Our scene unfolds around the year 990 at Ranshofen. The Duke of Bavaria, Henry II, known as ‘the Quarrelsome’/’the Wrangler’, had summoned the most important bishops and counts of his territory. There, he issued a remarkable series of decrees. The text survives in a manuscript produced at Freising and was copied into it before 994, making it a contemporary witness to the law-making activities of the so-called ‘vice-king’ of the Ottonian realm.
While we think that dukes often had responsibilities to keep the peace in their duchies, Henry’s decrees are the most striking example of this and the holding of assemblies: a way to bring together the most important members of the local aristocracy. In this case, Henry’s text is especially interesting, because (as Timothy Reuter put it) ‘the constitutions of Ranshofen … represent more elaborate legislation than anything the kings themselves produced’. Despite their importance, the decrees have not (to my knowledge) ever been translated into a modern language, although in 1986 Stefan Weinfurter paraphrased and produced a commentary considering the first six decrees.
What follows is a translation into English that attempts to retain an accurate interpretation of the text but focuses on readability. The original is available in Latin here.
- If a male or female slave runs away from their lord as a fugitive and is found in the household of another: if he should keep them unjustly and refuse to return them, then the lord [from whom they escaped] can swear an oath by himself [i.e. without the need for oath-helpers to confirm its validity] that the slave is his.
And on the other hand, the lord in whose household the fugitive was found needs to prove by oath that neither did he hold the slave through theft or fraud, nor will he by knowledge of any enmity force him to hold to the oath*, and then will return the slave without delay. If, however, the slave runs away whilst under the care of this new lord [i.e. before they can be returned], then the new lord shall render compensation to the slave’s original lord.
- For those who refuse to obey these statutes: if he is an advocate of the duke or of the bishop, or of or another lord, then he shall be deprived not only of his office but also of his benefice, in the presence of the duke. If, however, a bailiff (praepositus) of any lord is found guilty in a case of this kind, then he will either receive forty blows, or he can buy himself free from the enforcer (exactor) with the sum of one pound. If a cleric has committed the same thing, then he is subject to the same punishment. If a judgement finder (scabinus) has done it, then he should either be imprisoned for as long as it pleases the duke, or he should be punished [by the same 40 blows]. If, however, a person of lower social standing, whether from the free or the unfree, has perpetrated the same thing, then he shall be punished by flaying. We also command in every way that the punishment should be enacted in the presence of the lord whose slave it is.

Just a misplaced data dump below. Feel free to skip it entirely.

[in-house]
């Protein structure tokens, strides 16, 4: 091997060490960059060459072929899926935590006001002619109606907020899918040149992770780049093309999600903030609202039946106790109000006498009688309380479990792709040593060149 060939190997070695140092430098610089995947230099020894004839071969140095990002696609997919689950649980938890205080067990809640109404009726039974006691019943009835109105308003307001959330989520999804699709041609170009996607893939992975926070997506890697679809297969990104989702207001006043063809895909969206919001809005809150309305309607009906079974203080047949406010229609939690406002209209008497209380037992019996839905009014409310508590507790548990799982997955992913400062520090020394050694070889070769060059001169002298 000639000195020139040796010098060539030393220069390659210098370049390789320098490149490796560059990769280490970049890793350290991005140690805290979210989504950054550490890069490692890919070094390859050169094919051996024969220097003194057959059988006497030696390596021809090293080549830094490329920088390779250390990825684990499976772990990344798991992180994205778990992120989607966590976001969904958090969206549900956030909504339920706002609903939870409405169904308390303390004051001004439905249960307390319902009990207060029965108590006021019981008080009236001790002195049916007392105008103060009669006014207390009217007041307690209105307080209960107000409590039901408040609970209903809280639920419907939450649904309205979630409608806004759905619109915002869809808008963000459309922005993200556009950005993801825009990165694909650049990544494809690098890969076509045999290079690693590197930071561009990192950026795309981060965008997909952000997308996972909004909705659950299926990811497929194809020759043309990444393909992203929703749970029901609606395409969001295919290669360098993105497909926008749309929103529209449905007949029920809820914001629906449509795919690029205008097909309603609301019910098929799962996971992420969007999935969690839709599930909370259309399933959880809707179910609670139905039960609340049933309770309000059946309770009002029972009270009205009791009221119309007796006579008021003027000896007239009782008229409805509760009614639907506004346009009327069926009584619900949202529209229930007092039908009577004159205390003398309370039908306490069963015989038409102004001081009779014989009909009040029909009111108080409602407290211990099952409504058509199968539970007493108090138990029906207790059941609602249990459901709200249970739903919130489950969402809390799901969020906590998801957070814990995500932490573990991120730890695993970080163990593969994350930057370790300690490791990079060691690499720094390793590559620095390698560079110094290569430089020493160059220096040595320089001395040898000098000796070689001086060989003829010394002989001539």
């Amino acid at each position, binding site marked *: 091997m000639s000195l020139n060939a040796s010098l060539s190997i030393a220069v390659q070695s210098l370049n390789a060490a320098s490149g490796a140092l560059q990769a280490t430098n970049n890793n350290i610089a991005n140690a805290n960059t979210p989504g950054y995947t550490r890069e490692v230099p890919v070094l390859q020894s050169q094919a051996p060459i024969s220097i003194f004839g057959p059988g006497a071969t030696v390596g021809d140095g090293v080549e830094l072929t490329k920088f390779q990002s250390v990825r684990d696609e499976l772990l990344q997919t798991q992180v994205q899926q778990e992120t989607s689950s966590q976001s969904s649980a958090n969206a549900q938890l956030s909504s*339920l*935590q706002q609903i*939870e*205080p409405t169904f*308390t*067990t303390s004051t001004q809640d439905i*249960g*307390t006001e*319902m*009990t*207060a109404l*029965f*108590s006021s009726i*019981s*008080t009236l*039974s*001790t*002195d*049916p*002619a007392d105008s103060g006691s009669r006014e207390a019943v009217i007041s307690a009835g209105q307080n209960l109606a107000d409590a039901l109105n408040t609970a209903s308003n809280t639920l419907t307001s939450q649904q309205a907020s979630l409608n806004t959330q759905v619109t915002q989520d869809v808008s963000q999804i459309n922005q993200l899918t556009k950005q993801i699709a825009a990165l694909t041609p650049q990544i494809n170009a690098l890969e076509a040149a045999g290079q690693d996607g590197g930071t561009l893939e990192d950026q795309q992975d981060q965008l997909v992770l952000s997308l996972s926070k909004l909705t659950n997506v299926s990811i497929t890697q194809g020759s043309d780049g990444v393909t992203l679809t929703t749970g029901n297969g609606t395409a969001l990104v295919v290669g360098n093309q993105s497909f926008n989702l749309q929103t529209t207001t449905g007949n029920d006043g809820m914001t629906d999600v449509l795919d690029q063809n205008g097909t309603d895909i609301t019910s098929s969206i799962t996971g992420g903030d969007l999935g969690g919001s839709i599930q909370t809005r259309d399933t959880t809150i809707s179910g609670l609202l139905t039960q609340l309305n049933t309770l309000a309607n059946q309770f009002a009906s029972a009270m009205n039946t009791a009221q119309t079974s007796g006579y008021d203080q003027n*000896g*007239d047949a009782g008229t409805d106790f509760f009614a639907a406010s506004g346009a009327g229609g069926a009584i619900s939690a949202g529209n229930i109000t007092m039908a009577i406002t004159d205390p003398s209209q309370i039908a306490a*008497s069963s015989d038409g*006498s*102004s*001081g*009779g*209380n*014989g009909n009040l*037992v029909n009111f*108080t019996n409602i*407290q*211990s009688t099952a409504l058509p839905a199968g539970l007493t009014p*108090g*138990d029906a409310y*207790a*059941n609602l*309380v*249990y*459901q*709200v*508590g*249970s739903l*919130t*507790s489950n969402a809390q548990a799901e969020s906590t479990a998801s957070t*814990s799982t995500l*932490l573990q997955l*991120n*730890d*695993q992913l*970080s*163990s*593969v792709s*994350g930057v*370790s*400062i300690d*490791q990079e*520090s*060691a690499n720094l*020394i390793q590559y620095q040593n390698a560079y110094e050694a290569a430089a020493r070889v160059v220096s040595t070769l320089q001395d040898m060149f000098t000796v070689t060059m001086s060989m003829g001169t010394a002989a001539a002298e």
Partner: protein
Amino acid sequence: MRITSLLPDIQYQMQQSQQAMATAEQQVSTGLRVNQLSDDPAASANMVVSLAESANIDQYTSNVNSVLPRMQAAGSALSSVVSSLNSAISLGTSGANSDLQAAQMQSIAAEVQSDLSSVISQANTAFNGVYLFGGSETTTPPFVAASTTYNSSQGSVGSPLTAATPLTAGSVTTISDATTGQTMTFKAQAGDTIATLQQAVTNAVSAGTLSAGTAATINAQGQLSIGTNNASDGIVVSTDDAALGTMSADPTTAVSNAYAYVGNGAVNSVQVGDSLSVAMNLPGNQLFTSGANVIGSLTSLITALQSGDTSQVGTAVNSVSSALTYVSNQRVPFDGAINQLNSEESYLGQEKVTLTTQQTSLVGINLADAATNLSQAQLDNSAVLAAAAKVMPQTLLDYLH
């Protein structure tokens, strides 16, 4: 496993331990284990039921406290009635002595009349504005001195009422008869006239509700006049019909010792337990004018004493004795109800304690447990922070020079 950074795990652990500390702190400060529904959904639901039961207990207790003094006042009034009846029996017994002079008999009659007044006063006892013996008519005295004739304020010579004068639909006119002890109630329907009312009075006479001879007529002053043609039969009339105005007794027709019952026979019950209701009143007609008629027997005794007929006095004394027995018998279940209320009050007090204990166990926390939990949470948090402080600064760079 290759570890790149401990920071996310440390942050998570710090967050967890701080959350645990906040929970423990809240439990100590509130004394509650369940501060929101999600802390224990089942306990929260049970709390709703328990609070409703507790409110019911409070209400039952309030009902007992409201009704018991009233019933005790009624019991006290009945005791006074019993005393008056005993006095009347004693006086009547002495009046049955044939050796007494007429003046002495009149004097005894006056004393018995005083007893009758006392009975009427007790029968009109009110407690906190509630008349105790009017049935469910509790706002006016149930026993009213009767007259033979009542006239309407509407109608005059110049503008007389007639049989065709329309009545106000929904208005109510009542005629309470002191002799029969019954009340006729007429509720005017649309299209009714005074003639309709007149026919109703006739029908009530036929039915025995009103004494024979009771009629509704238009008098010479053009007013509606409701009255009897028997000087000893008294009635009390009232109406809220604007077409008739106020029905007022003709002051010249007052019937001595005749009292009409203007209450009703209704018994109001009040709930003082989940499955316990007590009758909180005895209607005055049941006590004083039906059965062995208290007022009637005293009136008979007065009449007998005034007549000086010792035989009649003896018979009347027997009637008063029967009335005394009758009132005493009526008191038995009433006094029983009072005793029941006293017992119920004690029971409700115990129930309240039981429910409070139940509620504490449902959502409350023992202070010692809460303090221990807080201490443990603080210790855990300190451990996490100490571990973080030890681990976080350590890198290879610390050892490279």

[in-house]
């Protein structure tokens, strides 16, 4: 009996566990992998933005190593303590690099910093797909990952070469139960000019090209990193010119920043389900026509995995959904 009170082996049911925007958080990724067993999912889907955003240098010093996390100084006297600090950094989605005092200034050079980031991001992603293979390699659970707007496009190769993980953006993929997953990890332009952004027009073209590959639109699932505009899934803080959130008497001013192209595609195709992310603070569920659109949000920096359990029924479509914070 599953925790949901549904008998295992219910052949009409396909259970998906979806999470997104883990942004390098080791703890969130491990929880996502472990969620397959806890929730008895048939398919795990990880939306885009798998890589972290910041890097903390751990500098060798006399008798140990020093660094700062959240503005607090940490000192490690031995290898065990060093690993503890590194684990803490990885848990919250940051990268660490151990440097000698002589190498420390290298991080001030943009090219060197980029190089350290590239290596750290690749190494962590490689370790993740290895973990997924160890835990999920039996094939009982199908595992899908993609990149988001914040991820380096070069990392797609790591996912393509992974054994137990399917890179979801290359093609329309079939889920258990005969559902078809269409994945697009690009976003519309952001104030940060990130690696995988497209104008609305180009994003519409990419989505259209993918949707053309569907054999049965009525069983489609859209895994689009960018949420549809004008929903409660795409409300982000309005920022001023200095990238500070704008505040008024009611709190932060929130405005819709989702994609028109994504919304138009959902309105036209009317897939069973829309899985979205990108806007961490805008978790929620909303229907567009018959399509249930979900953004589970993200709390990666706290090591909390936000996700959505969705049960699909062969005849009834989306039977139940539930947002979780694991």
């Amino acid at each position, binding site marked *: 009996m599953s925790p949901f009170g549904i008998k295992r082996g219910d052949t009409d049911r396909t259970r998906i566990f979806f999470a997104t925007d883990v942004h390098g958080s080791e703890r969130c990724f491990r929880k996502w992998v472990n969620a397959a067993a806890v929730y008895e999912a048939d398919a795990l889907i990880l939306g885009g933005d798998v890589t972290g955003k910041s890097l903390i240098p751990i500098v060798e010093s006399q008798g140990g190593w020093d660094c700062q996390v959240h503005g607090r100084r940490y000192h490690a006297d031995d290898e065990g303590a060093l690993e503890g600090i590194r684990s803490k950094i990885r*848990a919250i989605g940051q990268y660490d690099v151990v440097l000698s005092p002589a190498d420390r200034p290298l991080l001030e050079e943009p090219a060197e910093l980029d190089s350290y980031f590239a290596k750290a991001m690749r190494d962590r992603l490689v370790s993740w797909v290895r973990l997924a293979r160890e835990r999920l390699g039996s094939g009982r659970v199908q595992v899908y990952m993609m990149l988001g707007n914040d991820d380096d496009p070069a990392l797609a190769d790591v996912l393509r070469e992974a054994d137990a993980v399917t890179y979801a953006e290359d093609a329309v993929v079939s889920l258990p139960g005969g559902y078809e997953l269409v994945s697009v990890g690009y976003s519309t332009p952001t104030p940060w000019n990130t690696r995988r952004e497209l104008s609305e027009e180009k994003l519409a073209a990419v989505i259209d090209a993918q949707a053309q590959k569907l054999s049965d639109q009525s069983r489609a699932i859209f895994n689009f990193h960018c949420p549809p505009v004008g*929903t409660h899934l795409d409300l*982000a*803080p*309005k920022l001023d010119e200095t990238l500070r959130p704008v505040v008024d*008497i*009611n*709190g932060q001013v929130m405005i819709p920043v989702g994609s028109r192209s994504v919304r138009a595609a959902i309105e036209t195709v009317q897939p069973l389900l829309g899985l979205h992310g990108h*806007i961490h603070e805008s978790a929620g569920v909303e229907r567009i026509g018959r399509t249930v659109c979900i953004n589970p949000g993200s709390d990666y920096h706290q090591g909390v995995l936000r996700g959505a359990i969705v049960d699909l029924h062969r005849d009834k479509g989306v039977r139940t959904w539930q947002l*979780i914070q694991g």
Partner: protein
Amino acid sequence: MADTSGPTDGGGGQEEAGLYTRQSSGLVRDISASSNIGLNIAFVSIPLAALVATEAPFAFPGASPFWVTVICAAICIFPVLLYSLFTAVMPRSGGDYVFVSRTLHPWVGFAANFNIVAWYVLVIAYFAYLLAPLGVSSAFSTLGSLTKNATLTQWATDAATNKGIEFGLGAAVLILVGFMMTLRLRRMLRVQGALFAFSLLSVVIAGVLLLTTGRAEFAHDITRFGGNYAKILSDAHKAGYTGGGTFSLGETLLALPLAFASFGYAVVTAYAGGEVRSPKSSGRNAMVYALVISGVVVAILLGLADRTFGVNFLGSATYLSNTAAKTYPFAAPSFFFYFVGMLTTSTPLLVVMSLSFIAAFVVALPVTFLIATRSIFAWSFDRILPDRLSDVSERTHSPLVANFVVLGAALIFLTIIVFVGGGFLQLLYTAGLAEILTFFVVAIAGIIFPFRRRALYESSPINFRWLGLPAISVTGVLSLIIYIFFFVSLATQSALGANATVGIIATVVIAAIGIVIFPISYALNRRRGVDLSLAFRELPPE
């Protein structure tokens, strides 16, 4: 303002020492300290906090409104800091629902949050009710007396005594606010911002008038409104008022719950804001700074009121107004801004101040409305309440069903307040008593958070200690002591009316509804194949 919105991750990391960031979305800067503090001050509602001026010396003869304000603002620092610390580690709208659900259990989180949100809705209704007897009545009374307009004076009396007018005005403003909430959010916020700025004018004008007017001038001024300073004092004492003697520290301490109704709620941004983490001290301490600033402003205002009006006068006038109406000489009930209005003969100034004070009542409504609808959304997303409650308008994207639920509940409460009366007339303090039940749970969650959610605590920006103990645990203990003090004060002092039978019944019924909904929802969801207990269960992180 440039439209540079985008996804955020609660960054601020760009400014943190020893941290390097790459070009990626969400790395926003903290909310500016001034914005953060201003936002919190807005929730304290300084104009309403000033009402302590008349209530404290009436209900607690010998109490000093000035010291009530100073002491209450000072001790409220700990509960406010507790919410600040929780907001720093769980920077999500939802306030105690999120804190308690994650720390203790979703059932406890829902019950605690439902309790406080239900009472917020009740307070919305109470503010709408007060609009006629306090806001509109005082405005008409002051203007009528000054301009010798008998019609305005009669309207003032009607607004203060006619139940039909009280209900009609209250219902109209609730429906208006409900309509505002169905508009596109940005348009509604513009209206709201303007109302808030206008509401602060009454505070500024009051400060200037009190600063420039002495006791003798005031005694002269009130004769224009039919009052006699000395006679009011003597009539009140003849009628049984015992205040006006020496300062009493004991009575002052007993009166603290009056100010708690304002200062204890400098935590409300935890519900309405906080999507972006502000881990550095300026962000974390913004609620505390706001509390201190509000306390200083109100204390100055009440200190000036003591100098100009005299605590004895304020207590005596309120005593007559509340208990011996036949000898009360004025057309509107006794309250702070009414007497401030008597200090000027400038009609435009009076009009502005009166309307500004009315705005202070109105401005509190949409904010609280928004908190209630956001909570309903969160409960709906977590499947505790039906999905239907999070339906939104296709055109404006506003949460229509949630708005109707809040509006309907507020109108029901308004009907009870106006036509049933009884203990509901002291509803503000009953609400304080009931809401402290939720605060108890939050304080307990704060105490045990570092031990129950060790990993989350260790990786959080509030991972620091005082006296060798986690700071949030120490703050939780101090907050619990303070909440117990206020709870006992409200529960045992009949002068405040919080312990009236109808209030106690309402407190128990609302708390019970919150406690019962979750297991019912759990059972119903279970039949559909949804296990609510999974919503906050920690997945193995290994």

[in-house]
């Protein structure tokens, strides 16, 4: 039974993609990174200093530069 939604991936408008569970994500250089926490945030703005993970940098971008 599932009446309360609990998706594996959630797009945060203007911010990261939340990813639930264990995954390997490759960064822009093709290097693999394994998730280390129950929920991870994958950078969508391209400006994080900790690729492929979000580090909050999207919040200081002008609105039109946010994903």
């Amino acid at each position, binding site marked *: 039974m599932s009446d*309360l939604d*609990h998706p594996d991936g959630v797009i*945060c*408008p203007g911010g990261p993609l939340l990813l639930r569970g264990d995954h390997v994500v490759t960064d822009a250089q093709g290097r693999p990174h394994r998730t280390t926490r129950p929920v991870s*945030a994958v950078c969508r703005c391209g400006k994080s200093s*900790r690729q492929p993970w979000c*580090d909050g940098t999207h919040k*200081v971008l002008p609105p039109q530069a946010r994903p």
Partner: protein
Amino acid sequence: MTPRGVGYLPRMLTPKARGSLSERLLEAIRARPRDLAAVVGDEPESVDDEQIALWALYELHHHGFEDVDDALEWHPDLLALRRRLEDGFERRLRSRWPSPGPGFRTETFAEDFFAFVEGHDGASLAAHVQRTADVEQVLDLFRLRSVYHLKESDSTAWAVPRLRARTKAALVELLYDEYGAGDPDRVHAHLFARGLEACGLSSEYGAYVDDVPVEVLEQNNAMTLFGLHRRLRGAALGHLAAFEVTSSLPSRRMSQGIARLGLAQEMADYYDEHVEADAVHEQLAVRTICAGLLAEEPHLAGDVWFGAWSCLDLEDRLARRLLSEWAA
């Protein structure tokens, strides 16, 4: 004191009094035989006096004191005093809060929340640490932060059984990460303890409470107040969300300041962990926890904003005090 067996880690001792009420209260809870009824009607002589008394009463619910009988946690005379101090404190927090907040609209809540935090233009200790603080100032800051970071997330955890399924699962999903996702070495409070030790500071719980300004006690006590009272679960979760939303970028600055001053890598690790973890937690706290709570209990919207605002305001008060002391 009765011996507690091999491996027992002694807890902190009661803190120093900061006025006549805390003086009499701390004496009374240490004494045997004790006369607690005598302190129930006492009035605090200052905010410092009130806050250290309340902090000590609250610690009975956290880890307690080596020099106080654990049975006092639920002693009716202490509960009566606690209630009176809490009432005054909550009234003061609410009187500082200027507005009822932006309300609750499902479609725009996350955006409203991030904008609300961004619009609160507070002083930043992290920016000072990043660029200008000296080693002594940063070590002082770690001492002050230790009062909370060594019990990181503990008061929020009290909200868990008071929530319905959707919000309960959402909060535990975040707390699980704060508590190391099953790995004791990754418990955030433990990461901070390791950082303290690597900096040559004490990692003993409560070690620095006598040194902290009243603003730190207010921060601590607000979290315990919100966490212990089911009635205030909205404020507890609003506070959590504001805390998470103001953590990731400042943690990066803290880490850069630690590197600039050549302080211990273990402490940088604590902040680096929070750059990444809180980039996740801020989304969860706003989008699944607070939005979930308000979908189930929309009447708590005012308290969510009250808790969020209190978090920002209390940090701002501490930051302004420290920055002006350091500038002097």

- If any stranger is admitted to the house of a lord and is placed under his protection, and then commits a theft or other crime, then he must be punished to the satisfaction of the enforcer (exactor), or appear at the public assembly (placitum) of the count. If the thief disregards this and flees in the meantime without paying the fine, the count must pay the same fine in his stead.
- If the count had responsibility for the person placed under the bann (forpannitus), and neglected to bring him to the placitum, or unjustly defended him in the placitum, and cannot deny this in the presence of the duke, then he should lose both his comital office and the grace of the duke. If a centenarius or an advocate has acted in the same way, he shall be deprived of his benefice. If a bailiff (praepositus) of another lord has done the same, he shall be flayed.
- If any lord has unjustly defended his slave who has committed theft, and will not present him at the placitum of the count in whose county the theft was committed, and is found to be culpable in the case, he will either be incarcerated or condemned to exile.
- If the duke accuses counts or scabini of having unjustly defended people who are placed under the bann (forpanniti) or thieves, whether at the placitum or elsewhere, and they cannot absolve themselves through an oath, they shall be imprisoned or condemned to exile.
- Slavs should be subject to the same collection of punishments, or banished.
Happily enacted at Ranshofen. Amen.
- If, however, someone’s servant (servitor) has been charged with theft or some other crime, then he shall make satisfaction in the county in which the crime was observed.
- If he has committed murder, then the decree which was previously enacted should be followed.
* I am very grateful for the assistance of Stefan Esders, Robert Gallagher and Erik Niblaeus for their help in attempting to translate this particularly opaque clause.